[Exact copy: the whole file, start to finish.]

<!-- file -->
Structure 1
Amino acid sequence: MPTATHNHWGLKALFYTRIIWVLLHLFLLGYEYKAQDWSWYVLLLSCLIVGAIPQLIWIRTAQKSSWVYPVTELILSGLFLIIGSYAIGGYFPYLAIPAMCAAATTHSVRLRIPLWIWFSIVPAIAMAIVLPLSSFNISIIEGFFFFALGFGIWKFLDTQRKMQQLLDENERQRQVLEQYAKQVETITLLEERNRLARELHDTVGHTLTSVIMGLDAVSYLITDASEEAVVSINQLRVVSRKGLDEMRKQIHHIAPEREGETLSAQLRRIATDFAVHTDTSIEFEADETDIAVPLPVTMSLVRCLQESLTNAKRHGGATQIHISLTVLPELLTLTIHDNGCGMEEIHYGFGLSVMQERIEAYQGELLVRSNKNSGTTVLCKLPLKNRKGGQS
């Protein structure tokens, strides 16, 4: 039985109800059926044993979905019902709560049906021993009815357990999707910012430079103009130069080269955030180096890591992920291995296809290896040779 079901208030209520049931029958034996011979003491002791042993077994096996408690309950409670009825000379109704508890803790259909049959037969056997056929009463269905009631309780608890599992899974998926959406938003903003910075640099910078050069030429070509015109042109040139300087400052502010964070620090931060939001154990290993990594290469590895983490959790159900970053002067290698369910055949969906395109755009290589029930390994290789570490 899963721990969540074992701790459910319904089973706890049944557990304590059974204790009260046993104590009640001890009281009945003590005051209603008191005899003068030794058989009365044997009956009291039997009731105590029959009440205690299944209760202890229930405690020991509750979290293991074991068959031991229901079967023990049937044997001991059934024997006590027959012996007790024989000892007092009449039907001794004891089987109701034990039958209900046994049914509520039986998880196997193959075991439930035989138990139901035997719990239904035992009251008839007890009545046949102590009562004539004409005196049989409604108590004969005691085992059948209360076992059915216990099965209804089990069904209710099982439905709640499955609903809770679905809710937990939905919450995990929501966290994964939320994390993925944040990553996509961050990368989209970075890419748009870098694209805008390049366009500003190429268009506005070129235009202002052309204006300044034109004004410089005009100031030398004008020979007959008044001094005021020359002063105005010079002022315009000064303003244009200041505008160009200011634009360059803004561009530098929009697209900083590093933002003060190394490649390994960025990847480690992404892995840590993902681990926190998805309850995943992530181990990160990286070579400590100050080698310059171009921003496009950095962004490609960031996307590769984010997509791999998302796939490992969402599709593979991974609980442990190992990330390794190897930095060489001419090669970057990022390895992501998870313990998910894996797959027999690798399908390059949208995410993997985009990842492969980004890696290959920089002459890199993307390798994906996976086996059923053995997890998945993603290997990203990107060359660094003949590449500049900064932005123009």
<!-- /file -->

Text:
Structure 1
Amino acid sequence: MPTATHNHWGLKALFYTRIIWVLLHLFLLGYEYKAQDWSWYVLLLSCLIVGAIPQLIWIRTAQKSSWVYPVTELILSGLFLIIGSYAIGGYFPYLAIPAMCAAATTHSVRLRIPLWIWFSIVPAIAMAIVLPLSSFNISIIEGFFFFALGFGIWKFLDTQRKMQQLLDENERQRQVLEQYAKQVETITLLEERNRLARELHDTVGHTLTSVIMGLDAVSYLITDASEEAVVSINQLRVVSRKGLDEMRKQIHHIAPEREGETLSAQLRRIATDFAVHTDTSIEFEADETDIAVPLPVTMSLVRCLQESLTNAKRHGGATQIHISLTVLPELLTLTIHDNGCGMEEIHYGFGLSVMQERIEAYQGELLVRSNKNSGTTVLCKLPLKNRKGGQS
């Protein structure tokens, strides 16, 4: 039985109800059926044993979905019902709560049906021993009815357990999707910012430079103009130069080269955030180096890591992920291995296809290896040779 079901208030209520049931029958034996011979003491002791042993077994096996408690309950409670009825000379109704508890803790259909049959037969056997056929009463269905009631309780608890599992899974998926959406938003903003910075640099910078050069030429070509015109042109040139300087400052502010964070620090931060939001154990290993990594290469590895983490959790159900970053002067290698369910055949969906395109755009290589029930390994290789570490 899963721990969540074992701790459910319904089973706890049944557990304590059974204790009260046993104590009640001890009281009945003590005051209603008191005899003068030794058989009365044997009956009291039997009731105590029959009440205690299944209760202890229930405690020991509750979290293991074991068959031991229901079967023990049937044997001991059934024997006590027959012996007790024989000892007092009449039907001794004891089987109701034990039958209900046994049914509520039986998880196997193959075991439930035989138990139901035997719990239904035992009251008839007890009545046949102590009562004539004409005196049989409604108590004969005691085992059948209360076992059915216990099965209804089990069904209710099982439905709640499955609903809770679905809710937990939905919450995990929501966290994964939320994390993925944040990553996509961050990368989209970075890419748009870098694209805008390049366009500003190429268009506005070129235009202002052309204006300044034109004004410089005009100031030398004008020979007959008044001094005021020359002063105005010079002022315009000064303003244009200041505008160009200011634009360059803004561009530098929009697209900083590093933002003060190394490649390994960025990847480690992404892995840590993902681990926190998805309850995943992530181990990160990286070579400590100050080698310059171009921003496009950095962004490609960031996307590769984010997509791999998302796939490992969402599709593979991974609980442990190992990330390794190897930095060489001419090669970057990022390895992501998870313990998910894996797959027999690798399908390059949208995410993997985009990842492969980004890696290959920089002459890199993307390798994906996976086996059923053995997890998945993603290997990203990107060359660094003949590449500049900064932005123009």